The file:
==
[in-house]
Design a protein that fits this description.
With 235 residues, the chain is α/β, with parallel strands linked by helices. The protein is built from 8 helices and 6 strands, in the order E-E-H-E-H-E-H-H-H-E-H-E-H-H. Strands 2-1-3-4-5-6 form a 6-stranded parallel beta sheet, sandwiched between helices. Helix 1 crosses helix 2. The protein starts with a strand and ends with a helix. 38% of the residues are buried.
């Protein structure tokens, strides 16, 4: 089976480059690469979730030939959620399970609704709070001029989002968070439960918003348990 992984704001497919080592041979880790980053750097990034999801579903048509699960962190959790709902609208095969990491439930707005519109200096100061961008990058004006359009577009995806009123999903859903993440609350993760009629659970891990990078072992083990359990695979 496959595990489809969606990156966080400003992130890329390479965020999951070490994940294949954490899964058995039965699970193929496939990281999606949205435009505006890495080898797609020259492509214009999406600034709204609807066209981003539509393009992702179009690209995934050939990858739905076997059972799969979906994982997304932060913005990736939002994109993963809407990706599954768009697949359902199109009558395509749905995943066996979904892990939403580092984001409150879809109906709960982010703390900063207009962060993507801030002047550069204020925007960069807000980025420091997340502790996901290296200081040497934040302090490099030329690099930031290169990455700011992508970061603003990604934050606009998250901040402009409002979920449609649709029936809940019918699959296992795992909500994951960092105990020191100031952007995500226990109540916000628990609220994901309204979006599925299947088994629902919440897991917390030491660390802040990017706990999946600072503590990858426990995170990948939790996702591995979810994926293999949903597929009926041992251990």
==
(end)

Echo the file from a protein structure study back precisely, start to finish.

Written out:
[in-house]
Design a protein that fits this description.
With 235 residues, the chain is α/β, with parallel strands linked by helices. The protein is built from 8 helices and 6 strands, in the order E-E-H-E-H-E-H-H-H-E-H-E-H-H. Strands 2-1-3-4-5-6 form a 6-stranded parallel beta sheet, sandwiched between helices. Helix 1 crosses helix 2. The protein starts with a strand and ends with a helix. 38% of the residues are buried.
């Protein structure tokens, strides 16, 4: 089976480059690469979730030939959620399970609704709070001029989002968070439960918003348990 992984704001497919080592041979880790980053750097990034999801579903048509699960962190959790709902609208095969990491439930707005519109200096100061961008990058004006359009577009995806009123999903859903993440609350993760009629659970891990990078072992083990359990695979 496959595990489809969606990156966080400003992130890329390479965020999951070490994940294949954490899964058995039965699970193929496939990281999606949205435009505006890495080898797609020259492509214009999406600034709204609807066209981003539509393009992702179009690209995934050939990858739905076997059972799969979906994982997304932060913005990736939002994109993963809407990706599954768009697949359902199109009558395509749905995943066996979904892990939403580092984001409150879809109906709960982010703390900063207009962060993507801030002047550069204020925007960069807000980025420091997340502790996901290296200081040497934040302090490099030329690099930031290169990455700011992508970061603003990604934050606009998250901040402009409002979920449609649709029936809940019918699959296992795992909500994951960092105990020191100031952007995500226990109540916000628990609220994901309204979006599925299947088994629902919440897991917390030491660390802040990017706990999946600072503590990858426990995170990948939790996702591995979810994926293999949903597929009926041992251990």